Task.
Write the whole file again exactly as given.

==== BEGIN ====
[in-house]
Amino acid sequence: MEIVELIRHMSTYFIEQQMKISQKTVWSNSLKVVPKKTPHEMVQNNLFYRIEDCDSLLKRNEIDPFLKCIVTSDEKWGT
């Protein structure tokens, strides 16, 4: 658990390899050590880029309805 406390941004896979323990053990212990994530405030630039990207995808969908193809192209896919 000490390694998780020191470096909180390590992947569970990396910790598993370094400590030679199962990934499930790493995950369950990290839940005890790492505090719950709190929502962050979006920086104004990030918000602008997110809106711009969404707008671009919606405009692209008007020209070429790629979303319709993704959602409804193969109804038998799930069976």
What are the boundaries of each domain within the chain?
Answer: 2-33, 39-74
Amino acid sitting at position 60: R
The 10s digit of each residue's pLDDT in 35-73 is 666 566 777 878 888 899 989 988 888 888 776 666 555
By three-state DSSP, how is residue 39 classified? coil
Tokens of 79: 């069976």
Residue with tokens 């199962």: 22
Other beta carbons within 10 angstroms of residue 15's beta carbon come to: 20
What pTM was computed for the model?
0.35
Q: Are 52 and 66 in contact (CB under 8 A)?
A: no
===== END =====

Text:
[in-house]
Amino acid sequence: MEIVELIRHMSTYFIEQQMKISQKTVWSNSLKVVPKKTPHEMVQNNLFYRIEDCDSLLKRNEIDPFLKCIVTSDEKWGT
């Protein structure tokens, strides 16, 4: 658990390899050590880029309805 406390941004896979323990053990212990994530405030630039990207995808969908193809192209896919 000490390694998780020191470096909180390590992947569970990396910790598993370094400590030679199962990934499930790493995950369950990290839940005890790492505090719950709190929502962050979006920086104004990030918000602008997110809106711009969404707008671009919606405009692209008007020209070429790629979303319709993704959602409804193969109804038998799930069976």
What are the boundaries of each domain within the chain?
Answer: 2-33, 39-74
Amino acid sitting at position 60: R
The 10s digit of each residue's pLDDT in 35-73 is 666 566 777 878 888 899 989 988 888 888 776 666 555
By three-state DSSP, how is residue 39 classified? coil
Tokens of 79: 């069976």
Residue with tokens 């199962």: 22
Other beta carbons within 10 angstroms of residue 15's beta carbon come to: 20
What pTM was computed for the model?
0.35
Q: Are 52 and 66 in contact (CB under 8 A)?
A: no